5 tips on how to prepare for autumn mentally and digitally

Carmen Raal on digital well-being

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While we are forced to spend more and more time online, it is increasingly more challenging to unplug. Since digital wellbeing is considerably affecting our physical and mental health, I looked at some ways we could protect it behind the computer.

Did you know that smokers don’t get burned out as quickly as non-smokers? Not because smoking suddenly got healthy but because they find more time for themselves.

During those past years, the lines between work life and personal life have got even more blurred. A home office allows us to have more flexibility, but for many, however, this added more responsibilities. I have to admit that more often I catch myself responding to emails past 9 PM, and eyeing my computer during the weekends to get some work done ahead of Monday. Let’s be honest, my habit to reply after work hours is not only toxic to myself, but it’s also harmful to the person who might be enjoying their free evening.

I am still a huge fan of digitalisation and all those opportunities that computer literacy skills and access to the Internet could bring – e.g accessibility for people with disabilities, more possibilities for people living in rural areas, being able to connect regardless of the physical distance etc. But we also have to recognise what effect being constantly behind the computer and plugged-in can have on our mental health. 

Hence, I went on a quest to find out how to achieve a better balance in my life, especially since September is nearing, and besides dedicating myself to work, I will continue with my master’s degree. 

With these tricks and tips, consistency is the key. Unfortunately, it’s not a skill I am known to possess. So I decided to engage my colleagues in those endeavours after I return from my vacation since it is easier to form good habits when involving people around you. I hope reading this article will also make my colleagues happy 🙂 

  • Take frequent breaks. This is the most obvious one but the most difficult to implement. As I mentioned at the beginning, smokers take frequent breaks and are less likely to get burned out. Don’t start smoking but do start taking breathing and stretching breaks. If you are a student or your job requires a lot of memorising then this is even more necessary for you. Our brain saves information during breaks.
  • Educate yourself about cyber hygiene. Trust me, this is necessary for your wellbeing. Being constantly online exposes us to new risks we might have not been aware of before. Although working from home can remove certain dangers, you now have to recognise the new realm of cyber risks. When it comes to cyber attacks, humans still tend to be the weakest link. Opening one sketchy file is the only thing needed to expose yourself to a hacker. In Estonia, it is common practice to educate public sector employees on cyber risks. I would like to encourage all employers to implement this in their common practice while onboarding new employees, and organise workshops yearly to remind people of the importance of cyber hygiene. Just like we continue reminding people of regular hygiene practices. Wash your hands!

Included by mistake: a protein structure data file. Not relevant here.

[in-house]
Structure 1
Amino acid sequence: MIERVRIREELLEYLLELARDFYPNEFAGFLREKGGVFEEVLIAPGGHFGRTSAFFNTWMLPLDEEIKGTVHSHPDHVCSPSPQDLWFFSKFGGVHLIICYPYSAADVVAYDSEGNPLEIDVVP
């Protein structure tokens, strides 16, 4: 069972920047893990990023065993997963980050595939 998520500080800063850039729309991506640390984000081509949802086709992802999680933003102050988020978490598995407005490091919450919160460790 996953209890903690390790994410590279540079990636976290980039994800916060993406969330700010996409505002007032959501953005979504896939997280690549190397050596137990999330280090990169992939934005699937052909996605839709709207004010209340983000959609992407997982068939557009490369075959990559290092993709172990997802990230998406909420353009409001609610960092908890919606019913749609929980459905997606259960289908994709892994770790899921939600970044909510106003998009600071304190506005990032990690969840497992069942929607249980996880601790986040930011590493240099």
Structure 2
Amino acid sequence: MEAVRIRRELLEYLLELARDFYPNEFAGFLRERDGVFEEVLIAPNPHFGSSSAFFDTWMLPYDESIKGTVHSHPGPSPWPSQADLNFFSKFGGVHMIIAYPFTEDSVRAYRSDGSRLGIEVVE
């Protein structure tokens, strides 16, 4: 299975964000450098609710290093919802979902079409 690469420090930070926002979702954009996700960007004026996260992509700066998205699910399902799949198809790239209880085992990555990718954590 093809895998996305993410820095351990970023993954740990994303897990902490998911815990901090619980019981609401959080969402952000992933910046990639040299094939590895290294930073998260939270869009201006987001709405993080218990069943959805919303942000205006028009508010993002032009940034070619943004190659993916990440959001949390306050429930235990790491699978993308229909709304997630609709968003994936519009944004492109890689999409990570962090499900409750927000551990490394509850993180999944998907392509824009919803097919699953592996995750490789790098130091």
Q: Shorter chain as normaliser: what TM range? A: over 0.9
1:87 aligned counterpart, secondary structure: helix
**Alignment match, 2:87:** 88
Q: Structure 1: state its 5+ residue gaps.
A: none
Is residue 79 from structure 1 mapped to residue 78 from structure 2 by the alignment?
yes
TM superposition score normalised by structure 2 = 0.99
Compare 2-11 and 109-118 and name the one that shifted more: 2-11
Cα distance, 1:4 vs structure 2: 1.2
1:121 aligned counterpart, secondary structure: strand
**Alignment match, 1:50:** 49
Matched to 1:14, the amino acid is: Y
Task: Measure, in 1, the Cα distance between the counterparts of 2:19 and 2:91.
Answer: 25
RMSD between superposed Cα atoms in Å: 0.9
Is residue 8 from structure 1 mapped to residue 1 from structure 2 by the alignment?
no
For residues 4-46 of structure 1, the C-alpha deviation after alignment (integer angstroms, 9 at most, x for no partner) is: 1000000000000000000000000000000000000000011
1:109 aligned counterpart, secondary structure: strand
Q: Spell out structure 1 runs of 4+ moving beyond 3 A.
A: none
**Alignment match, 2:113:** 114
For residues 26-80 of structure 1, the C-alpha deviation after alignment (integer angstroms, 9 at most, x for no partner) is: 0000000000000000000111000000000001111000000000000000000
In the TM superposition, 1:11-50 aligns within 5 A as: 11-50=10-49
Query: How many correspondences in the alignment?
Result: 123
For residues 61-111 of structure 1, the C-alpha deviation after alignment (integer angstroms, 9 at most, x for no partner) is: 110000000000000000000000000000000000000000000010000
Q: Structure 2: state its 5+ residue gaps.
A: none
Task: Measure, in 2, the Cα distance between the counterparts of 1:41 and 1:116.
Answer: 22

• De-clutter your desktop. You can tell I am overwhelmed simply by looking at my desktop. Besides storing unnecessary junk being bad for the environment, it can also be bad for you. Cluttered physical space can overload us with too much sensory information. The main task of our brain is to keep us alive, which is why it notices everything new around us. If this applies to messy environments, it also applies to our virtual environment. 
  • Do one thing at a time. If you have to write a report then turn off your Slack (or any other) notifications. I will always remember the advice I received some time ago from a lovely woman. Only emergency care providers have to rush –  everyone else has time. In recent years being a multi-tasker has become a survival skill for many. The truth is that we can properly focus on only one thing at a time. I remember reading that multitasking can negatively affect your mental abilities, and this is a risk I am not willing to take. 
  • Unplug at least an hour before you go to sleep. Another simple truth we all probably have heard of yet have never been able to follow long term. Good sleep is important for our body and mind. However, I at least have been getting less sleep, and what is more important, less deep sleep. But I guarantee you that reading a book instead of scrolling mindlessly before sleep allows you to wake up happier the next morning. 

I think these are the first changes I am able to implement at once. The mental health crisis around us has shown that it is not adequate to try to make changes only on an individual level but this is where we can start. Even though so much has changed around us with so little time, there are many things that we have to do on a policy level to make sure that we as a society can live happier and healthier lives.

Speakers’ Corner is an article series where the e-Estonia Digital Transformation advisers talk about the digital society and their personal experiences related to using public e-services. 


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